Between living in New England and his step-father, Yancey developed into an ardent Unionist, which he continued to embrace even after settling back in Greenville, South Carolina following the infamous Tariff Debates. One of his first public speeches focused on the controversial test oath policy which would require state officials to take an oath of allegiance to disobey federal authorities in the event of another national conflict. Here is a section from his speech:
Listen, not then, my countrymen, to the voice which whispers, (for as yet, it dares not raise itself above a whisper) that Americans, who have been knit together by so many cords of affection, can no longer be mutual worshipers at the shrine of freedom–no longer can exist together, citizens of the same Republic. . . . And yet, it has become a common thing to hear the Union spoken of as a disagreeable league. Designing men have, indeed, effectually destroyed, in the minds of but too many in our State, the charm which has, until of late, invested our Federal Union. But can any one view the course taken by some of the most talented and influential men in our State and country, for the last few years, and not see the evident tendency of their proceedings to be disunion and a Southern Confederacy?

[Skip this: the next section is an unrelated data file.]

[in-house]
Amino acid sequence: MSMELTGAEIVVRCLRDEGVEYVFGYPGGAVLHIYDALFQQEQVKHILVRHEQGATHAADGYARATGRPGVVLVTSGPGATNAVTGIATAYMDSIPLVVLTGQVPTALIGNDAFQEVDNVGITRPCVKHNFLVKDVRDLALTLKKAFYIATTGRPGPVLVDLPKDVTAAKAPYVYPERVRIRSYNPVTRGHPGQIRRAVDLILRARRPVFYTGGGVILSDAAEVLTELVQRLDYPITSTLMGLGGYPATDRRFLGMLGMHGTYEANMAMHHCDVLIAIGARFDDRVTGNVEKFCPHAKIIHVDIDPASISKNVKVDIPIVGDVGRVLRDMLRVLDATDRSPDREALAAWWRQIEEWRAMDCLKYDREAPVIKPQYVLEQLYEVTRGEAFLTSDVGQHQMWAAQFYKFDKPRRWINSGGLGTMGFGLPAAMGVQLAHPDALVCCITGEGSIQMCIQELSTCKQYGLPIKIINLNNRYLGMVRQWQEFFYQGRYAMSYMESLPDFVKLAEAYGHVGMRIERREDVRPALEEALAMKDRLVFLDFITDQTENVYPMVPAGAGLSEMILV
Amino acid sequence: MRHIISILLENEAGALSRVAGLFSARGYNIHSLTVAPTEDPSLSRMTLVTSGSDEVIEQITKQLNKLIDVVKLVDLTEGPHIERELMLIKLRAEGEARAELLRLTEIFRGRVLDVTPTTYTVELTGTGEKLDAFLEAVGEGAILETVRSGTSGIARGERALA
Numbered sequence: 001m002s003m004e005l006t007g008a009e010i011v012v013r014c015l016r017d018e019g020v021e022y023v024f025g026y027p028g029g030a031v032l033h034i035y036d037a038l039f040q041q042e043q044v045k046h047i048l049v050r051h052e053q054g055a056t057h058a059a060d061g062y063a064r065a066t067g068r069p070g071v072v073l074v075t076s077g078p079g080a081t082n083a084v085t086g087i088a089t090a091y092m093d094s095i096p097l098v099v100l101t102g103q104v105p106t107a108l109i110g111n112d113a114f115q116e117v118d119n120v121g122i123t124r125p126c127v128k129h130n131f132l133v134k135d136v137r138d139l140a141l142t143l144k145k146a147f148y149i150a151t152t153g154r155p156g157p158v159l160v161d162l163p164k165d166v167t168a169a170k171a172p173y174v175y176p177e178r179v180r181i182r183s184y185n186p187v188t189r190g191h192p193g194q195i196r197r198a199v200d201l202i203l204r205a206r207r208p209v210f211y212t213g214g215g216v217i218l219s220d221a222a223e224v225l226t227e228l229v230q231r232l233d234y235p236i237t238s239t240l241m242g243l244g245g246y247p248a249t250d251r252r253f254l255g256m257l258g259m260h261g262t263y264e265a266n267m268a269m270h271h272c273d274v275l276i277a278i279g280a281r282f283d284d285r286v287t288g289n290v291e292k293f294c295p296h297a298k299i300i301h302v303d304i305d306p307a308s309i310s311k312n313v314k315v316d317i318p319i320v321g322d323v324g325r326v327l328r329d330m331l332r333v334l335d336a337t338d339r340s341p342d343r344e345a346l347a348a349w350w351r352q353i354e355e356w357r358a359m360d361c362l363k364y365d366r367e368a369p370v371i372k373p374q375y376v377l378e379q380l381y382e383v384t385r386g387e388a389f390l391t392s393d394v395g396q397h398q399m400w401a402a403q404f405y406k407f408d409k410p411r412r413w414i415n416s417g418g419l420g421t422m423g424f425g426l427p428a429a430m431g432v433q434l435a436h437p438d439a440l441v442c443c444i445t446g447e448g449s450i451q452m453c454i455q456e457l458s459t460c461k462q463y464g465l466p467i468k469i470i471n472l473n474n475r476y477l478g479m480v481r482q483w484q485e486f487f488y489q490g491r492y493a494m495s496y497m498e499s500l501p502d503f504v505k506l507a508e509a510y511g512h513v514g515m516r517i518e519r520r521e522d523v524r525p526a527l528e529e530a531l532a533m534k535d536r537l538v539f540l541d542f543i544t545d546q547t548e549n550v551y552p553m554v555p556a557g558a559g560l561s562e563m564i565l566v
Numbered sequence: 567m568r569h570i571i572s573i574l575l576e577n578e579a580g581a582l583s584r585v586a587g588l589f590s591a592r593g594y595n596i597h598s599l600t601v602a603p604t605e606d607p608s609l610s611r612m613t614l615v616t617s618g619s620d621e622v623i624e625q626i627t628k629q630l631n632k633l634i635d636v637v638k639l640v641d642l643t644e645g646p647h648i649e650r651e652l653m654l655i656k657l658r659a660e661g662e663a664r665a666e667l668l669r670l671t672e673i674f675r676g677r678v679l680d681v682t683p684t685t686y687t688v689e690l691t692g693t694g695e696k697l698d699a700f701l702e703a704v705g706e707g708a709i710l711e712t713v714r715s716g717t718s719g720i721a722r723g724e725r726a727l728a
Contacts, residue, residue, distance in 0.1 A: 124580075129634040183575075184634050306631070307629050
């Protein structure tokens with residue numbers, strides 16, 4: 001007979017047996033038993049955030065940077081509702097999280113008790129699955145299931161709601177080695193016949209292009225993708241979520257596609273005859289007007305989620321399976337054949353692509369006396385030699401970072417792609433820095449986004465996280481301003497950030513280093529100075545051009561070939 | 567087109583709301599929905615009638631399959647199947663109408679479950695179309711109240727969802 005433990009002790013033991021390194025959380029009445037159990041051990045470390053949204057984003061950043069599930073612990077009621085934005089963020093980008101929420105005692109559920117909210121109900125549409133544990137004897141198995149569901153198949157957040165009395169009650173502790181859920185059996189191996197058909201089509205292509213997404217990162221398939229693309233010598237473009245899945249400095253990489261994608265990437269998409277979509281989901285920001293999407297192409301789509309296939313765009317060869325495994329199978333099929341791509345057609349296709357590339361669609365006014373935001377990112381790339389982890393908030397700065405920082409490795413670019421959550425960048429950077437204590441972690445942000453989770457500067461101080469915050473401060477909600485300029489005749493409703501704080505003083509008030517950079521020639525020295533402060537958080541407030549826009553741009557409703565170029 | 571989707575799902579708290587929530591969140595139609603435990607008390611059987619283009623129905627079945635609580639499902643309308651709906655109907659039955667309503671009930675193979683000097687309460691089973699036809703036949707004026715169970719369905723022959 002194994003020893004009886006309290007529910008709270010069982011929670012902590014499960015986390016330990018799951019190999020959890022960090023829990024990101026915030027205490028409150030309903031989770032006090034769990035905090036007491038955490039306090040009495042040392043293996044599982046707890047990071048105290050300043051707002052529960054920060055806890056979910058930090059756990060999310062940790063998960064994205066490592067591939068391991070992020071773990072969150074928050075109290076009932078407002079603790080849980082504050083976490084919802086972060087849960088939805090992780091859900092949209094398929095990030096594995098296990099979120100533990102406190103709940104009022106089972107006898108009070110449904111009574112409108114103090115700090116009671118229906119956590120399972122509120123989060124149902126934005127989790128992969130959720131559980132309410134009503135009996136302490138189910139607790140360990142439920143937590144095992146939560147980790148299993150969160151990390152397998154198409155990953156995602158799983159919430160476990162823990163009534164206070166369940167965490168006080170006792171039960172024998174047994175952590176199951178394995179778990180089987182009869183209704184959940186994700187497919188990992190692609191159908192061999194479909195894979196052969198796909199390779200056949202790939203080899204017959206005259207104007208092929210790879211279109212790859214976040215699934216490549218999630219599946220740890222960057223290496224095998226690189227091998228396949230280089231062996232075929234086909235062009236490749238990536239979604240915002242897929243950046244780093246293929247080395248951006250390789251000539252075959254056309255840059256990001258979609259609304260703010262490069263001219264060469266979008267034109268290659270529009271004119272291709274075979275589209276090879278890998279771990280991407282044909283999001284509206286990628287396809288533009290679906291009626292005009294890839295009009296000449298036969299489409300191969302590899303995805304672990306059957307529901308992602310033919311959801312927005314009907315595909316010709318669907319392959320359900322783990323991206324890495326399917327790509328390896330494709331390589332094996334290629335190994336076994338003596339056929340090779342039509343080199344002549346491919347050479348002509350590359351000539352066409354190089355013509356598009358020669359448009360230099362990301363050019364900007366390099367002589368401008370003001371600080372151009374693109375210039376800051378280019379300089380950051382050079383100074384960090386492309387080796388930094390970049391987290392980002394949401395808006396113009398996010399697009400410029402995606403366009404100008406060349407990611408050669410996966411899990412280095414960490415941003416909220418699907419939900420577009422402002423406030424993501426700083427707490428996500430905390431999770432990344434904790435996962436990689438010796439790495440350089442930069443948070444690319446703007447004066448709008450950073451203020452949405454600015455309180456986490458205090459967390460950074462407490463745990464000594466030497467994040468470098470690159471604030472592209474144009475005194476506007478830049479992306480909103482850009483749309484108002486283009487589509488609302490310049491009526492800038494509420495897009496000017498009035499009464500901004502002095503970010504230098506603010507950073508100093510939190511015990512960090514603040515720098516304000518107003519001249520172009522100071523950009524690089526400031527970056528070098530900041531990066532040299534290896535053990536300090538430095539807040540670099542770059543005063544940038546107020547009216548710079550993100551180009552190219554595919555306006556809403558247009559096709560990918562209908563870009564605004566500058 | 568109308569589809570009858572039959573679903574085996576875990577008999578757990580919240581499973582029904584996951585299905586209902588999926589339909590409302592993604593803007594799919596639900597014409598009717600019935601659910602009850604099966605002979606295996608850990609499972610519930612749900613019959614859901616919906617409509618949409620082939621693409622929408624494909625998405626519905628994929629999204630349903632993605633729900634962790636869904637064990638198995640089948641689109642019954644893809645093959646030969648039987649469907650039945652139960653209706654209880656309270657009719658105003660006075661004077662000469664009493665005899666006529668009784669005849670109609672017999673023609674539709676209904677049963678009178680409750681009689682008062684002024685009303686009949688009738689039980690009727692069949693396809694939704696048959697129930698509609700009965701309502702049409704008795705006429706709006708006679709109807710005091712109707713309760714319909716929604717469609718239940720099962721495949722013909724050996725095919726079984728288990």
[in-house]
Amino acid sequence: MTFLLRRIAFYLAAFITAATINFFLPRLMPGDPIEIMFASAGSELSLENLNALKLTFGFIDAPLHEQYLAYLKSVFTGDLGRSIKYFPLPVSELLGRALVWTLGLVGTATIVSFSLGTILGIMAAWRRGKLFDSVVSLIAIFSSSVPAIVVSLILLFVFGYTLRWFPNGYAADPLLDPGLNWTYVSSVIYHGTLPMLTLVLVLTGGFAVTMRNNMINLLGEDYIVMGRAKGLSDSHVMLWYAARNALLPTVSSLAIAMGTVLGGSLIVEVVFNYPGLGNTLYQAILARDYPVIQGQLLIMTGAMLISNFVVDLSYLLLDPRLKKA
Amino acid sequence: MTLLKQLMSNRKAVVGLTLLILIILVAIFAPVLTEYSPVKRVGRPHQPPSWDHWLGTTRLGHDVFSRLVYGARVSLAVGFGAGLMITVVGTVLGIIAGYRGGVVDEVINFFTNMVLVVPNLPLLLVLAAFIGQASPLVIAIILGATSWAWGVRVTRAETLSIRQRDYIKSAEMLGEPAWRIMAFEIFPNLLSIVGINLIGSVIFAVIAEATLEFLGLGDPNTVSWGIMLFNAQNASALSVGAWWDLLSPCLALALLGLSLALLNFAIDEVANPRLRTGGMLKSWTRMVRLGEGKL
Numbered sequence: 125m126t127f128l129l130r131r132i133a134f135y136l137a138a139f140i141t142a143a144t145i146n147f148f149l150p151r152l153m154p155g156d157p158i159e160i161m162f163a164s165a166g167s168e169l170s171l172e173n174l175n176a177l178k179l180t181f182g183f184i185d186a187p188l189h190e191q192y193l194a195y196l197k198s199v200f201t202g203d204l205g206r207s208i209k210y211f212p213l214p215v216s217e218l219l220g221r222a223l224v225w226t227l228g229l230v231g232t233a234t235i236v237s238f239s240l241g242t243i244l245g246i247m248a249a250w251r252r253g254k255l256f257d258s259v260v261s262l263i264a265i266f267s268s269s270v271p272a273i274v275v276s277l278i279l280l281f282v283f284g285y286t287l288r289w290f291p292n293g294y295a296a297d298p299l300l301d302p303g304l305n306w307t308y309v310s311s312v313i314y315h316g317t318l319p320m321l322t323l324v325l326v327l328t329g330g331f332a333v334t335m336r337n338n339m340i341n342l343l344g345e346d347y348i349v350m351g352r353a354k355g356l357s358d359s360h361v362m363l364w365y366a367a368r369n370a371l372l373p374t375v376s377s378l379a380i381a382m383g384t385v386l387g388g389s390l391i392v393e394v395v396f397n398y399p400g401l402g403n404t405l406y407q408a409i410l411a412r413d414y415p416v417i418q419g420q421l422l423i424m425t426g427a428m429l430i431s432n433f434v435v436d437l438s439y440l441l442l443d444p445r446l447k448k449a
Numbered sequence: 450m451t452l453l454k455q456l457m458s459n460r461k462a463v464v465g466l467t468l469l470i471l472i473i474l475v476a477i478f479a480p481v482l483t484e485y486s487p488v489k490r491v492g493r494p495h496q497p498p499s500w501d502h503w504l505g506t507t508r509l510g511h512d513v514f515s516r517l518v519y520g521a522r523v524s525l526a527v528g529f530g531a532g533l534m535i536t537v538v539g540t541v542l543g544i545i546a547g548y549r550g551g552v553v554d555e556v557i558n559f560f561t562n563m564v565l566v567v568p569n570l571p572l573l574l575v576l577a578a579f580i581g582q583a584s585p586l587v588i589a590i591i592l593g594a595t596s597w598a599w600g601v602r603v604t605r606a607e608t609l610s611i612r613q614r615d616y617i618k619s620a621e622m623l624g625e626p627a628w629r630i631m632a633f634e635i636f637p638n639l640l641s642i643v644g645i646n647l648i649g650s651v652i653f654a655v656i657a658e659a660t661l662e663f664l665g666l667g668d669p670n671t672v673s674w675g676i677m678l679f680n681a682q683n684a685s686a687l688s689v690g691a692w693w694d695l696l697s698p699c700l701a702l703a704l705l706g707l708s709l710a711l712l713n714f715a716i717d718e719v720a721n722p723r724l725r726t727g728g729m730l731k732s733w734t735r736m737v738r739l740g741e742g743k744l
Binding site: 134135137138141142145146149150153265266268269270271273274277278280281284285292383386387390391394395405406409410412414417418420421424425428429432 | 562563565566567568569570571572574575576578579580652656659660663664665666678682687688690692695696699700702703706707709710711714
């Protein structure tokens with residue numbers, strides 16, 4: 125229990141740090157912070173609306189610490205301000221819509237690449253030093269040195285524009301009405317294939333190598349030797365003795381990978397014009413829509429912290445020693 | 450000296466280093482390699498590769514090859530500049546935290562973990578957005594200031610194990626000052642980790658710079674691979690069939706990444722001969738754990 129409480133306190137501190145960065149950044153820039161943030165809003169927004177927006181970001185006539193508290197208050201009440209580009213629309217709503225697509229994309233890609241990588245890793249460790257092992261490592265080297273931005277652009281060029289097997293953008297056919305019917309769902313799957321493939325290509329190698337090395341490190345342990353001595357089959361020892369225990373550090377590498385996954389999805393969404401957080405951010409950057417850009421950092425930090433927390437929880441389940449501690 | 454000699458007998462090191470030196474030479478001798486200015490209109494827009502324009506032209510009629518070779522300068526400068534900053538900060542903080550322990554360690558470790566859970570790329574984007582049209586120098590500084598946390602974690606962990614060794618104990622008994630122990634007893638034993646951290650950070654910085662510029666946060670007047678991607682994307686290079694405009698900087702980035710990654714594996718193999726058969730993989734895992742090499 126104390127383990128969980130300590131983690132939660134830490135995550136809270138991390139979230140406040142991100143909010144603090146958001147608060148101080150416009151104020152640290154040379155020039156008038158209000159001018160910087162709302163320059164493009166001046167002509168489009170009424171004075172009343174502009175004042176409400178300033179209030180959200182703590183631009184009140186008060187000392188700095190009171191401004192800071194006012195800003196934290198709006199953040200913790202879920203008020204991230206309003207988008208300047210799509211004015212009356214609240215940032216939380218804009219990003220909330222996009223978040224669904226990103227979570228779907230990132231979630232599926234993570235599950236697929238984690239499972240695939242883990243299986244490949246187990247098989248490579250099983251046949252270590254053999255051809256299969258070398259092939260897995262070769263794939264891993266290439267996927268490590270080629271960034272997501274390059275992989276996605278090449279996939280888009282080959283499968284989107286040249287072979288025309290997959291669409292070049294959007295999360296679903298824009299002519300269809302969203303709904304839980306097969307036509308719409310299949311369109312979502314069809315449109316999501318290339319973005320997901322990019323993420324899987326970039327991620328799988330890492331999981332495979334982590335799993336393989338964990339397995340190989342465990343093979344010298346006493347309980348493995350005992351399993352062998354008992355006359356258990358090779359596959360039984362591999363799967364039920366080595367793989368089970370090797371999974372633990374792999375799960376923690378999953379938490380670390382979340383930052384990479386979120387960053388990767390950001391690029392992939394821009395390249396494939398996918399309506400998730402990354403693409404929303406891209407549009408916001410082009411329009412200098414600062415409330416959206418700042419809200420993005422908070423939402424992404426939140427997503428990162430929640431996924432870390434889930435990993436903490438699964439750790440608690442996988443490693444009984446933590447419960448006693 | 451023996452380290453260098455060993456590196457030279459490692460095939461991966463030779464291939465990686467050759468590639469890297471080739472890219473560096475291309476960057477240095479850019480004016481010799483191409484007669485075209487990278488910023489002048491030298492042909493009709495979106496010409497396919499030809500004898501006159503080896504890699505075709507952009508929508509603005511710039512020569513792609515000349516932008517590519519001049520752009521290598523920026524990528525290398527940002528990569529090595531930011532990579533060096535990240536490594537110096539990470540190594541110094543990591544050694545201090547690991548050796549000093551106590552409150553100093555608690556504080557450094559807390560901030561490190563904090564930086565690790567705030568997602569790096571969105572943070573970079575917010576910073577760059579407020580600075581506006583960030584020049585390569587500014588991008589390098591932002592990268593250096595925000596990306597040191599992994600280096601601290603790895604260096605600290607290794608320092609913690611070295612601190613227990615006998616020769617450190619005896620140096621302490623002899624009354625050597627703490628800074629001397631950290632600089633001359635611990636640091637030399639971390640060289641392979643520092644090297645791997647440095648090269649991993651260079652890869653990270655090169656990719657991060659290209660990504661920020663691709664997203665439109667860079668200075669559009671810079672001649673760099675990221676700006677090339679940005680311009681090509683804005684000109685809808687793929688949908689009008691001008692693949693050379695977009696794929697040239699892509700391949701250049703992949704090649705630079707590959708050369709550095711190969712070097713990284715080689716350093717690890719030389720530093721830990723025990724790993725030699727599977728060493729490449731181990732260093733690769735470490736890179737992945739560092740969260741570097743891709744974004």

Unlike Calhoun and others who were radicalized by the Tariff Debates it would take time for Yancey to reach their conclusions. It will be interesting to read on to see exactly how that happened. As many of you know, by the early 1850′s Yancey had moved to the states’ rights position. He went on and joined the group that split the Democratic Party in their 1860 national nominating convention, introduced Jefferson Davis in Montgomery, served as the Confederacy’s first diplomatic commissioner to England and France, and finally as senator from Alabama. He died in 1863.
I will post additional Yancey nuggets along the way.
I spent yesterday finishing a review of Inside the Confederate Nation: Essays in Honor of Emory M. Thomas which is edited by Leslie Gordon and John Inscoe for Civil War Book Review. I will post the essay when it is published, but wanted to share some thoughts that did not find a place in the review. The collection is exceptionally strong. Questions of identity and nationalism connect in various ways to my current research projects so I jumped at the chance to review this book. A free copy with a value of around $50 was another incentive. Taken as a whole the essays reflect both a step in a new direction and a reaffirmation of Thomas’s scholarship as understood in his major works, The Confederacy As A Revolutionary Experience and The Confederate Nation.